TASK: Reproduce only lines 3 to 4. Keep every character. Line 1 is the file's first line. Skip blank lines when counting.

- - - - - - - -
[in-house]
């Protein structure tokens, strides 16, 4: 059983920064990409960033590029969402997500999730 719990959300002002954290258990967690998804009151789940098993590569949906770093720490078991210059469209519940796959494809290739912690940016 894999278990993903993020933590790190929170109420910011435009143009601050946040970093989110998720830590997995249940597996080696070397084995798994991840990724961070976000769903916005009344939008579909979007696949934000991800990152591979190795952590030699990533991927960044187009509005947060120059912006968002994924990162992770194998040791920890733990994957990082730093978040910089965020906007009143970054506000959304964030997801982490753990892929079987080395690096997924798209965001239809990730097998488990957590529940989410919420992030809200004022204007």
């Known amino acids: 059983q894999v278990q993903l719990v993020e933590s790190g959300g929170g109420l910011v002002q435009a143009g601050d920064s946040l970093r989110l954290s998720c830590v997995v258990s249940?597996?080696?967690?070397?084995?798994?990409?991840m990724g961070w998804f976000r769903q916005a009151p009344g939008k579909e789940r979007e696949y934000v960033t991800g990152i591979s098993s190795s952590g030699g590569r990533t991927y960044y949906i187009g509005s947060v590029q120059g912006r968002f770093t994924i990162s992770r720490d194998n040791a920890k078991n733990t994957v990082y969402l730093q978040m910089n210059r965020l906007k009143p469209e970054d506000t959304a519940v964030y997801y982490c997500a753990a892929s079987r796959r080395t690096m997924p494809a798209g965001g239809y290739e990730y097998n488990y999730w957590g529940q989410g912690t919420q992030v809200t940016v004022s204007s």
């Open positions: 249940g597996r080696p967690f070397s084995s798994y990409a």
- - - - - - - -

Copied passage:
């Known amino acids: 059983q894999v278990q993903l719990v993020e933590s790190g959300g929170g109420l910011v002002q435009a143009g601050d920064s946040l970093r989110l954290s998720c830590v997995v258990s249940?597996?080696?967690?070397?084995?798994?990409?991840m990724g961070w998804f976000r769903q916005a009151p009344g939008k579909e789940r979007e696949y934000v960033t991800g990152i591979s098993s190795s952590g030699g590569r990533t991927y960044y949906i187009g509005s947060v590029q120059g912006r968002f770093t994924i990162s992770r720490d194998n040791a920890k078991n733990t994957v990082y969402l730093q978040m910089n210059r965020l906007k009143p469209e970054d506000t959304a519940v964030y997801y982490c997500a753990a892929s079987r796959r080395t690096m997924p494809a798209g965001g239809y290739e990730y097998n488990y999730w957590g529940q989410g912690t919420q992030v809200t940016v004022s204007s």
């Open positions: 249940g597996r080696p967690f070397s084995s798994y990409a």